A recent survey conducted by PwC found that environmental, social and governance (ESG) factors and diversity and inclusion (D&I) are now key considerations for accessing finance. Joe Pickard speaks to PwC Business Restructuring Services team partner Jason Higgs about how the firm is positioning itself to assist clients with their ESG and D&I initiatives



The Big Four firm asked 400 businesses which had weathered varying degrees of stress or distress along with 150 UK investors about their views on whether they are more likely to extend finance to business with a clear ESG and D&I strategy.

Key findings of the survey included:

  • Almost seven in ten (68%) of UK businesses say they can access better financing options with stronger ESG credentials;
  • ESG is seen as a vital tool for attracting future talent – this selected as an objective of ESG strategy by almost half (49%) of businesses surveyed, followed by future-proofing the business, with 40% selecting this as an objective;
  • One of the major benefits of prioritising D&I as an effective tool in change management or restructuring programmes is driving innovation and growth – 73% of UK businesses rank this within their top three benefits;
  • Some 66% of businesses also agreed that change programmes including D&I are more successful;
  • More than seven in ten (72%) investors say a clear and demonstrable ESG proposition increases their likelihood to extend financing.


The Accountant: Some 49% of respondents suggested that ESG is a vital tool for attracting future talent, and that this has been an objective of their ESG strategy. Does this mean the ESG principles they are building into their business are in danger of becoming a PR exercise? How do they show future talent that ESG is important to them?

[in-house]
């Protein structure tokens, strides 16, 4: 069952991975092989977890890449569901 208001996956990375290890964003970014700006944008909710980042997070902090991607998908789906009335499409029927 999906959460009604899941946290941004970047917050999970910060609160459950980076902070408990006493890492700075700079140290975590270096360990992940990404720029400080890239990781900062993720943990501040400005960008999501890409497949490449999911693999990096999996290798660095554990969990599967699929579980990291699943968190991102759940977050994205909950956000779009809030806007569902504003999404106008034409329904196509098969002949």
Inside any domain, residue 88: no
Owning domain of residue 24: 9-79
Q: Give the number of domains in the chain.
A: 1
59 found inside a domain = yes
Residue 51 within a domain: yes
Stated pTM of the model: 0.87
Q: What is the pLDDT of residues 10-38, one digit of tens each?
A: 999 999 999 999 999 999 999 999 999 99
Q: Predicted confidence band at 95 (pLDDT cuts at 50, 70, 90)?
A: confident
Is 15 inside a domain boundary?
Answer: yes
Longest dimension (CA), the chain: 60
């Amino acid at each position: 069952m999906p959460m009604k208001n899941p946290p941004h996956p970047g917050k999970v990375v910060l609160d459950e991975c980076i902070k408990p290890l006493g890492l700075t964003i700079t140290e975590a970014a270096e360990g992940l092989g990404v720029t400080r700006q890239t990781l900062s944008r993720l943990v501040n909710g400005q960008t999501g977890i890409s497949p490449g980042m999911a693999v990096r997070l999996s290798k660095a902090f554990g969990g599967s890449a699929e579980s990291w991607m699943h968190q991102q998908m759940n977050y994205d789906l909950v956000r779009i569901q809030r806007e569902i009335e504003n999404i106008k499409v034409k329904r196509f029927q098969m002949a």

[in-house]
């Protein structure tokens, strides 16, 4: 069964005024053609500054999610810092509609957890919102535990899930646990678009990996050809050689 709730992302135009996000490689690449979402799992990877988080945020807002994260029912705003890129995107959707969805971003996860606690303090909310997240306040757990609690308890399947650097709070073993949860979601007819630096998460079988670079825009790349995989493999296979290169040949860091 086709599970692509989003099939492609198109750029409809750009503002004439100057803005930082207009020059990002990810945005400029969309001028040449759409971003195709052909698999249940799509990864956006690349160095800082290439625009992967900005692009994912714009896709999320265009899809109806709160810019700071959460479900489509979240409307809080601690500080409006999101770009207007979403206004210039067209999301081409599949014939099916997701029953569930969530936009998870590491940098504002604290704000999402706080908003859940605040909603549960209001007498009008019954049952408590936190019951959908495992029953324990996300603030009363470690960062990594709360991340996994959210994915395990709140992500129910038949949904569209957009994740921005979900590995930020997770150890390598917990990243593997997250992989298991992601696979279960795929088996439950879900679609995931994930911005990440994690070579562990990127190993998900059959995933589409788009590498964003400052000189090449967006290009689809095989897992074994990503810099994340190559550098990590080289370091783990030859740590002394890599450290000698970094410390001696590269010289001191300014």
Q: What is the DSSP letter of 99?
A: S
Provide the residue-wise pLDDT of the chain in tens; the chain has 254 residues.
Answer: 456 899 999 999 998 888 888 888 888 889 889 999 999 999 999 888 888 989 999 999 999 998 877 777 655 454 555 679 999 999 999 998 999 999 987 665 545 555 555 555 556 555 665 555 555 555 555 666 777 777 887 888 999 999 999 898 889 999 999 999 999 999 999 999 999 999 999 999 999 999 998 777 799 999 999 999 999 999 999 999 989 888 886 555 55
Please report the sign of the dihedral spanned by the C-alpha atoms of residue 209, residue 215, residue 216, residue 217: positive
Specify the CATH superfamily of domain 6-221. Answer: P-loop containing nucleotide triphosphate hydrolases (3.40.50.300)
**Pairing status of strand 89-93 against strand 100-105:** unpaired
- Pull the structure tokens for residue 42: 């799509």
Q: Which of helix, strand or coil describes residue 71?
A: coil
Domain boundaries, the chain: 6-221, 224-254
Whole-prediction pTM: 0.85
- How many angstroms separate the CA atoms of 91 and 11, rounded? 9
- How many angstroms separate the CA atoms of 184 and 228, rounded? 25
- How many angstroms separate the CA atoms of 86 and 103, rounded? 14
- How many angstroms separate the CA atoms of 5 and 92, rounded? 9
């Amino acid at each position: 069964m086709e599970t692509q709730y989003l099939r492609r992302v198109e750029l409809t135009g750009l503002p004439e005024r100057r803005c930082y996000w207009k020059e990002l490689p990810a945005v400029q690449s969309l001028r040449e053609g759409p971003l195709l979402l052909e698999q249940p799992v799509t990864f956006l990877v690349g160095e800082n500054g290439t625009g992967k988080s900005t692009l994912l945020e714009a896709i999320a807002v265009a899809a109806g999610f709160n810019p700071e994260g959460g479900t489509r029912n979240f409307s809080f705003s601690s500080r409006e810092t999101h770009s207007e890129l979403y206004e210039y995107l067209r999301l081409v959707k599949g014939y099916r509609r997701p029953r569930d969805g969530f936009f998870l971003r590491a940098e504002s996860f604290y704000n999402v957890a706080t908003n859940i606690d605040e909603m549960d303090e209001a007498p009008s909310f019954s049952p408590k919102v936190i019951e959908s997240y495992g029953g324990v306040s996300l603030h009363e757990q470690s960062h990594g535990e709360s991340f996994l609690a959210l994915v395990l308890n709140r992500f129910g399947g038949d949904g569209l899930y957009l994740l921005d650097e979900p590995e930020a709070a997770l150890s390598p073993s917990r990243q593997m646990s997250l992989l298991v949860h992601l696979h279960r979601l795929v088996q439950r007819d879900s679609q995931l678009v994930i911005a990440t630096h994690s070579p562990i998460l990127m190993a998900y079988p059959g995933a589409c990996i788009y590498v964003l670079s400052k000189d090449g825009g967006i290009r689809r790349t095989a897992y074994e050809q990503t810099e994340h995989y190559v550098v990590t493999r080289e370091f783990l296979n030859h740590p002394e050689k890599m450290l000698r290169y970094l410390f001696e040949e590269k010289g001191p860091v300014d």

Jason Higgins: There is always a risk of this, but the workforce of today is rightly demanding of their employers. Younger generations in particular are increasingly holding their employer to account around an organisation’s purpose and commitments to society- this includes the stance around ESG.

To be able to satisfy employees, as well as other stakeholders that ESG strategies are more than lip service, the framework needs to be turned into a plan setting out a suite of ESG principles which they will abide by and further developed into KPIs that can be measured and reported against to demonstrate progress.

In larger firms in more regulated capital markets, such requirements are already becoming expected and mandated. Of those surveyed, 51% suggested they have not yet developed ways to measure success, so it’s clear that this is an area that needs to develop further in the short term.


TA: Investor demand is clear for ‘demonstrable ESG proposition’. Do you believe this will increase the demand for the adoption of non-financial reporting standards such as the proposed ISSB?

JH: The survey suggests that businesses are not adopting ESG principles to solely comply with regulation – only one in five (22%) suggest this is the case.

However, it’s becoming increasingly apparent, as consumer and stakeholder pressure mounts, that increased regulation and standardisation is needed in order to provide clarity to organisations on how they report on non-financial issues such as ESG.

The proposed ISSB non-financial reporting standard will help provide a common sustainability framework on this complex and often fragmented area and should be welcomed. It is likely that in the near future we will see the requirements of standards such as the ISSB increase, particularly as the demands of stakeholders increase.


TA: How are you assisting businesses with their ESG and D&I programmes? Does this vary between businesses?